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Planning Bike Lanes with Data: Ridership, Congestion, and Path Selection. 

with Sheng Liu and Auyon Siddiq 

Forthcoming, Management Science

  • WinnerINFORMS Public Sector Operations Research (PSOR) Best Paper Award, 2023 

  • Winner, POMS College of Sustainable Operations Student Paper Competition, 2022

  • Second Place, INFORMS IBM Best Student Paper Award, 2022 

  • Second PlaceSection on Location Analysis (SOLA) Best Student Paper Award, 2023 

  • Finalist, INFORMS Workshop on Data Mining and Decision Analytics Best Paper Award (Applied Track), 2022

  • Accepted to MSOM Sustainable Operations SIG, 2022

  • Media coverage: UCLA Anderson Review, Rotman Research Insights


Abstract: Urban infrastructure is essential to building sustainable cities. In recent years, municipal governments have invested heavily in the expansion of bike lane networks to meet growing demand, promote ridership, and reduce emissions. However, re-allocating vehicle capacity in a road network to cycling is often contentious due to the risk of amplifying traffic congestion. In this paper, we develop a method for planning bike lane networks that accounts for ridership and congestion effects. We first present an estimator for recovering unknown parameters of a traffic equilibrium model from features of a road network and observed vehicle flows, which we show asymptotically recovers ground-truth parameters as the network grows large. We then present a prescriptive model that recommends paths in a road network for bike lane construction while endogenizing cycling demand, driver route choice, and driving travel times. In an empirical study on the City of Chicago, we bring together data on the road and bike lane networks, vehicle flows, travel mode choices, bike share trips, driving and cycling routes, and taxi trips to estimate the impact of expanding Chicago's bike lane network. We estimate that adding 25 miles of bike lanes as prescribed by our model can lift ridership from 3.9% to 6.9%, with at most an 8% increase in driving times. We also find that three intuitive heuristics for bike lane planning can lead to lower ridership and worse congestion outcomes, which highlights the value of a holistic and data-driven approach to urban infrastructure planning.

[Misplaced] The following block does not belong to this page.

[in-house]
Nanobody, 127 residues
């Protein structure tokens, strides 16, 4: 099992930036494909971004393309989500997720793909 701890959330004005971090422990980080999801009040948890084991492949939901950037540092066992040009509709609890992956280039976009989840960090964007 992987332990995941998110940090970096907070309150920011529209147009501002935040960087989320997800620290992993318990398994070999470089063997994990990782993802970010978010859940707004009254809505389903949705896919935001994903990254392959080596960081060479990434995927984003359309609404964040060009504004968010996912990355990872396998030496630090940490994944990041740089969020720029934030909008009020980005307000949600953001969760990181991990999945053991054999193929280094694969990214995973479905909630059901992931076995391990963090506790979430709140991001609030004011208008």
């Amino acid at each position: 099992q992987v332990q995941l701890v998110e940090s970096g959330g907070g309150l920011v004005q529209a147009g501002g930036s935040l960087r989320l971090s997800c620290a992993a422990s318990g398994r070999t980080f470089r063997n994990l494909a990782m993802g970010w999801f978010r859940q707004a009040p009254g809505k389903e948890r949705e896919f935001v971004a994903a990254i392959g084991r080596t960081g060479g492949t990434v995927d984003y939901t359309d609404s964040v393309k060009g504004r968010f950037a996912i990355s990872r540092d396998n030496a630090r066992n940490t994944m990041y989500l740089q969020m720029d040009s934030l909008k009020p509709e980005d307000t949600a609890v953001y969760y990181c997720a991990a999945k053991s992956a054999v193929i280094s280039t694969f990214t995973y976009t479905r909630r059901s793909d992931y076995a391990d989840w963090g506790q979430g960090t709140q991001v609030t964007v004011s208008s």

Partnerships in Urban Mobility: Incentive Mechanisms for Improving Public Transit Adoption.

with Auyon Siddiq and Christopher S. Tang

Manufacturing & Service Operations Management (2021), Vol. 24, No. 2: 956 -- 971


Abstract: In this paper, we present and analyze two incentive mechanisms for increasing commuter adoption of public transit. In a direct mechanism, the government provides a subsidy to commuters who adopt a "mixed mode", which involves taking public transit and hailing rides to/from a transit station. The government funds the subsidy by imposing congestion fees on personal vehicles entering the city center. In an indirect mechanism, instead of levying congestion fees, the government secures funding for the subsidy from the private sector. We present a game-theoretic model to capture the strategic interactions among relevant stakeholders and examine the implications of both mechanisms on the stakeholders. Our findings offer cost-effective prescriptions for improving urban mobility and public transit ridership.

Green Product Development: Consumer Search and Government Regulations.

with Shixin Wang

In preparation


Abstract: In this paper, we consider the design of green products in both traditional quality, e.g., price, which is explicit to consumers, and environmental quality, such as fuel economy and carbon footprint, which is implicit to consumers. We model the strategic interactions between producers and consumers considering consumer search behavior and solve for optimal product price and environmental effort level of the producer to minimize carbon footprint. We also investigate the effect of government regulations on the minimum level of product environmental quality in equilibrium. 

Traffic and Emissions: Environmental Impact of Large-Scale Bike Lane Network Expansion.

with Sheng Liu, Xiaoyun Niu and Keji Wei

In preparation

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